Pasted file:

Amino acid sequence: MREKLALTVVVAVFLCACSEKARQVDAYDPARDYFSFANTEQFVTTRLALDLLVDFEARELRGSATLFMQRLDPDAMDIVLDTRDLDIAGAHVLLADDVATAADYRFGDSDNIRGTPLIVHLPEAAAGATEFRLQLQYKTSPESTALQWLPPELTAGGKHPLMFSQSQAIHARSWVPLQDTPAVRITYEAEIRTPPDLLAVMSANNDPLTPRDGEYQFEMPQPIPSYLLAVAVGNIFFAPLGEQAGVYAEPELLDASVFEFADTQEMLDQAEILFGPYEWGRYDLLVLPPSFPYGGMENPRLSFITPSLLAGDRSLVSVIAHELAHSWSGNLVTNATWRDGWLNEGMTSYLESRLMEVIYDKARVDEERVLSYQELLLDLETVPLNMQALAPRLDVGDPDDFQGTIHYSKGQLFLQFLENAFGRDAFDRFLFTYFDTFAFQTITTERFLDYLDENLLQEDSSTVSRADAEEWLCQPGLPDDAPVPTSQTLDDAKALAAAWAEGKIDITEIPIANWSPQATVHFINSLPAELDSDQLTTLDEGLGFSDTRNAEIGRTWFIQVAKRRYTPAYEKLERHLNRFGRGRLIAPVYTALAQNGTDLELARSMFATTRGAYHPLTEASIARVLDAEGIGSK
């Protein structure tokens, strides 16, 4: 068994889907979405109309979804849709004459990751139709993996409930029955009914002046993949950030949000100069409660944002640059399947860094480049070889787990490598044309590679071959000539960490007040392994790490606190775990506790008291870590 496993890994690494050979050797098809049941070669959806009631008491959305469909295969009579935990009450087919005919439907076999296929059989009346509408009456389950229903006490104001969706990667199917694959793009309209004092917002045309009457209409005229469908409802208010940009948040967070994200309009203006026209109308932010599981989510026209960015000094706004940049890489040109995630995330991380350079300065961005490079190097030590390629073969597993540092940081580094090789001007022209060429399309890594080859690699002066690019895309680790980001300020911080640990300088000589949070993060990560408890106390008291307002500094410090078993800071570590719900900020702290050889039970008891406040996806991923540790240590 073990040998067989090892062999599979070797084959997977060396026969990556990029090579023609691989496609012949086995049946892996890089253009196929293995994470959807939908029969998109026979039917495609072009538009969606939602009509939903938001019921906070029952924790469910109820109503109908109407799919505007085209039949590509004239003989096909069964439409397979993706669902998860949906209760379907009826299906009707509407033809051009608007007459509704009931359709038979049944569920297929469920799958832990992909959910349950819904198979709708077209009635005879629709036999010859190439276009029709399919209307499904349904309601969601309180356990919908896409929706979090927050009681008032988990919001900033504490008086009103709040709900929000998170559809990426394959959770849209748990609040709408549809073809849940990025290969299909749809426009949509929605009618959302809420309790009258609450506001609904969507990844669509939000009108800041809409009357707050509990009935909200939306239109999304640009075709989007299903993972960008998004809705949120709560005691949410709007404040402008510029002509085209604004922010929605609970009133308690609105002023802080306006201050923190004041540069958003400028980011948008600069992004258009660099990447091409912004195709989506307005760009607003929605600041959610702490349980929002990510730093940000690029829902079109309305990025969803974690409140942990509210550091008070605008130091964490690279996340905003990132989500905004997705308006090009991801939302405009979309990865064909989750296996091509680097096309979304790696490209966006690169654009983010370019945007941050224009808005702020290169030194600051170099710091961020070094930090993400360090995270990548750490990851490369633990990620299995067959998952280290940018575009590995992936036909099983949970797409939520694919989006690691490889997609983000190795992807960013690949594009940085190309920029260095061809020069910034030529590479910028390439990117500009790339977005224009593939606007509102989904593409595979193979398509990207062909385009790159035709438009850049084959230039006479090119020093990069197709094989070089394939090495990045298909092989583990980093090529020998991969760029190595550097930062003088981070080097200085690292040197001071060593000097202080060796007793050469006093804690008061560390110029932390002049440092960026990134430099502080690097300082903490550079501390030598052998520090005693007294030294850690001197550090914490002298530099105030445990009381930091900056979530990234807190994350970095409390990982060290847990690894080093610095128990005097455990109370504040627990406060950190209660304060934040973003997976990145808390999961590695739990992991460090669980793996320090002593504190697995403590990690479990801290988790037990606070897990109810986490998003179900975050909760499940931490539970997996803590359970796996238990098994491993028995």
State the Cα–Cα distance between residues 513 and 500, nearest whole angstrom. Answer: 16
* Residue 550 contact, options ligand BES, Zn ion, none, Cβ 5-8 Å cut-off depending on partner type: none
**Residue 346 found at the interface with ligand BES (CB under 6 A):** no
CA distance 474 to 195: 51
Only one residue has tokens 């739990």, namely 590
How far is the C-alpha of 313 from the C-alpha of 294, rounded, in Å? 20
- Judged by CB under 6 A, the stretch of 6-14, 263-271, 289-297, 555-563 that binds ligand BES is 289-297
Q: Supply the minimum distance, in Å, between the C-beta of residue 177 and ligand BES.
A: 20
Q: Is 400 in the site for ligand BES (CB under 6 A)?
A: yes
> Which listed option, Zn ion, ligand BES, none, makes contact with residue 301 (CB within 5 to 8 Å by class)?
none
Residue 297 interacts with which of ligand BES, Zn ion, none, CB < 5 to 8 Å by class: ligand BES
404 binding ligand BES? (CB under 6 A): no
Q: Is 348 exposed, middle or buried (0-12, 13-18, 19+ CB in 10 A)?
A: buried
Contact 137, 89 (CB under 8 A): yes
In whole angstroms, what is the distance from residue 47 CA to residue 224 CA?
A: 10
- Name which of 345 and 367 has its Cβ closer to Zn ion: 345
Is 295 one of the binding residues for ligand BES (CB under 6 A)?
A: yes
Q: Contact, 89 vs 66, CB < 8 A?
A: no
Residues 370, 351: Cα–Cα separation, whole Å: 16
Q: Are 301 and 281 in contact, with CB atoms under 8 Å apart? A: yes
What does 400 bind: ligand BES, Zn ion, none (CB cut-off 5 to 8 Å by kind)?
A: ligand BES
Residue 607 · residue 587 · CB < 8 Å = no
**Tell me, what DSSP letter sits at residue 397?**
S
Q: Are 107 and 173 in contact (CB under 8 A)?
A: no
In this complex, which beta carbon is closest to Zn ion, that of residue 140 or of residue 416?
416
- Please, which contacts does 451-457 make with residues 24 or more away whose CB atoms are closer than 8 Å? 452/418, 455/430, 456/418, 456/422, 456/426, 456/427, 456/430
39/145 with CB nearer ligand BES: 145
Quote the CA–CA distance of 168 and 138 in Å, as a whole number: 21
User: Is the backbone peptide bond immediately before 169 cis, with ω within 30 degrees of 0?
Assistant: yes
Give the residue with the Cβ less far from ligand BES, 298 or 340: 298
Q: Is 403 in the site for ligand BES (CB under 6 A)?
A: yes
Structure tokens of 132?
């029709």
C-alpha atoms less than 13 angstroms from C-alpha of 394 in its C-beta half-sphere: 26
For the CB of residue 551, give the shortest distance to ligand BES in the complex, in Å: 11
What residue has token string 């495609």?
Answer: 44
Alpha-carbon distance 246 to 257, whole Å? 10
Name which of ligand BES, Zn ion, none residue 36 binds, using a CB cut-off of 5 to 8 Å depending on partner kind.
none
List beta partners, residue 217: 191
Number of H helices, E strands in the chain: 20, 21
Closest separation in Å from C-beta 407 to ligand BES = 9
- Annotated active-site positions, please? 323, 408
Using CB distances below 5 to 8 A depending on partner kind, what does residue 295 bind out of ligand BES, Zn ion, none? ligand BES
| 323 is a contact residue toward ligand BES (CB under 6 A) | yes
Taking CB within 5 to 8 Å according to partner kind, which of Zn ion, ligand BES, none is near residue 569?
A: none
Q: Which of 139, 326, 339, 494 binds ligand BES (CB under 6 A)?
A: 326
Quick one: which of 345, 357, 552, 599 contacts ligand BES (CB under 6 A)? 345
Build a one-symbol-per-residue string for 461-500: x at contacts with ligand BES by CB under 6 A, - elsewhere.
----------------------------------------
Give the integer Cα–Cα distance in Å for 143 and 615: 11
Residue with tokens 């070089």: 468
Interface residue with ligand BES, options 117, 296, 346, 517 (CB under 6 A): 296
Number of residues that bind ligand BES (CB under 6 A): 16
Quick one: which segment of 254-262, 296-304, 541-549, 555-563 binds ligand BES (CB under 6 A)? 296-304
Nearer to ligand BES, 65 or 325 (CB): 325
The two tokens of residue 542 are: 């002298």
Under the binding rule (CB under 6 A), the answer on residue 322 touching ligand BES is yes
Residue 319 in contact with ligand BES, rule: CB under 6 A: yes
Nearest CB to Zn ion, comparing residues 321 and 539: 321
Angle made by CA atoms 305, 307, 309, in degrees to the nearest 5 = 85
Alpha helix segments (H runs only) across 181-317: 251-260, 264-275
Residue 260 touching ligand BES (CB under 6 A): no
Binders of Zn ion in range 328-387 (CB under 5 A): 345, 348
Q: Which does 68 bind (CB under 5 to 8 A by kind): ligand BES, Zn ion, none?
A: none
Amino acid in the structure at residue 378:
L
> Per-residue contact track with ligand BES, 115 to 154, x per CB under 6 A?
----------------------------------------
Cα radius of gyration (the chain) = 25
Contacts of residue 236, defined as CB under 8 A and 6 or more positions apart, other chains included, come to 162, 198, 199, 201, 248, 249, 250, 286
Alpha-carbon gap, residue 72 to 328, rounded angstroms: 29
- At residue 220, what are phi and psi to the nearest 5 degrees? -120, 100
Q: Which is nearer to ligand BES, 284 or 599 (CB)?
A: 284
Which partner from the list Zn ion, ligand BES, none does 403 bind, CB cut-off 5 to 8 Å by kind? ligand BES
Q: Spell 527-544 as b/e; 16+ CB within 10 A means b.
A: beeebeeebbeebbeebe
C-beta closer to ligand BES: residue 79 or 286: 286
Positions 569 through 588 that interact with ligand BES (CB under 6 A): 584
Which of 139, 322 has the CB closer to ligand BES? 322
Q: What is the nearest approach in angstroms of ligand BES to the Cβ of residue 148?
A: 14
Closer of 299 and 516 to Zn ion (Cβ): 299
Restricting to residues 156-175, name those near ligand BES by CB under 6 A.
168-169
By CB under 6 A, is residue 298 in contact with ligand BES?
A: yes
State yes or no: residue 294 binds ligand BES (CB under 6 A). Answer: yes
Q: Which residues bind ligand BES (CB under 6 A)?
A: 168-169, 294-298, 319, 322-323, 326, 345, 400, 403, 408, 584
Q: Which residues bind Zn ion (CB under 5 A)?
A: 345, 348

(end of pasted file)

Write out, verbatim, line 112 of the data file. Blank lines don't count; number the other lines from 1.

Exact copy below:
A: 345, 348